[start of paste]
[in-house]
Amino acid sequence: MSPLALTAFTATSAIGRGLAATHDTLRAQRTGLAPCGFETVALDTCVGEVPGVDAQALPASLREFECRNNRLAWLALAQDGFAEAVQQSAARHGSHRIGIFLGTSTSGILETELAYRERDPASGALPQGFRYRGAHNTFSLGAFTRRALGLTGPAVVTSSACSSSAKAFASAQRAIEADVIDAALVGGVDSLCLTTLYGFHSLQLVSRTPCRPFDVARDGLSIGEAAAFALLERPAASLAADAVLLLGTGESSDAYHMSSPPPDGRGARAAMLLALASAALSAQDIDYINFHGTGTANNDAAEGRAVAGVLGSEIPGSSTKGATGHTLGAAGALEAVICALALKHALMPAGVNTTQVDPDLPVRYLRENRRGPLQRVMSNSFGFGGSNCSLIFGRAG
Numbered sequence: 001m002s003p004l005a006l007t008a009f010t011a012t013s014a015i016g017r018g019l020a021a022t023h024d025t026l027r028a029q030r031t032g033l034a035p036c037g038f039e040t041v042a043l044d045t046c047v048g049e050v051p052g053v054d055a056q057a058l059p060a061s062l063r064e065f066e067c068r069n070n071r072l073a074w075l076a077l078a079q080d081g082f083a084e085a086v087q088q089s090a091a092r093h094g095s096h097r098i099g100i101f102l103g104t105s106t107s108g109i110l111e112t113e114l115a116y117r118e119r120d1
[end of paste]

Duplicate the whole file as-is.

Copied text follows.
[in-house]
Amino acid sequence: MSPLALTAFTATSAIGRGLAATHDTLRAQRTGLAPCGFETVALDTCVGEVPGVDAQALPASLREFECRNNRLAWLALAQDGFAEAVQQSAARHGSHRIGIFLGTSTSGILETELAYRERDPASGALPQGFRYRGAHNTFSLGAFTRRALGLTGPAVVTSSACSSSAKAFASAQRAIEADVIDAALVGGVDSLCLTTLYGFHSLQLVSRTPCRPFDVARDGLSIGEAAAFALLERPAASLAADAVLLLGTGESSDAYHMSSPPPDGRGARAAMLLALASAALSAQDIDYINFHGTGTANNDAAEGRAVAGVLGSEIPGSSTKGATGHTLGAAGALEAVICALALKHALMPAGVNTTQVDPDLPVRYLRENRRGPLQRVMSNSFGFGGSNCSLIFGRAG
Numbered sequence: 001m002s003p004l005a006l007t008a009f010t011a012t013s014a015i016g017r018g019l020a021a022t023h024d025t026l027r028a029q030r031t032g033l034a035p036c037g038f039e040t041v042a043l044d045t046c047v048g049e050v051p052g053v054d055a056q057a058l059p060a061s062l063r064e065f066e067c068r069n070n071r072l073a074w075l076a077l078a079q080d081g082f083a084e085a086v087q088q089s090a091a092r093h094g095s096h097r098i099g100i101f102l103g104t105s106t107s108g109i110l111e112t113e114l115a116y117r118e119r120d1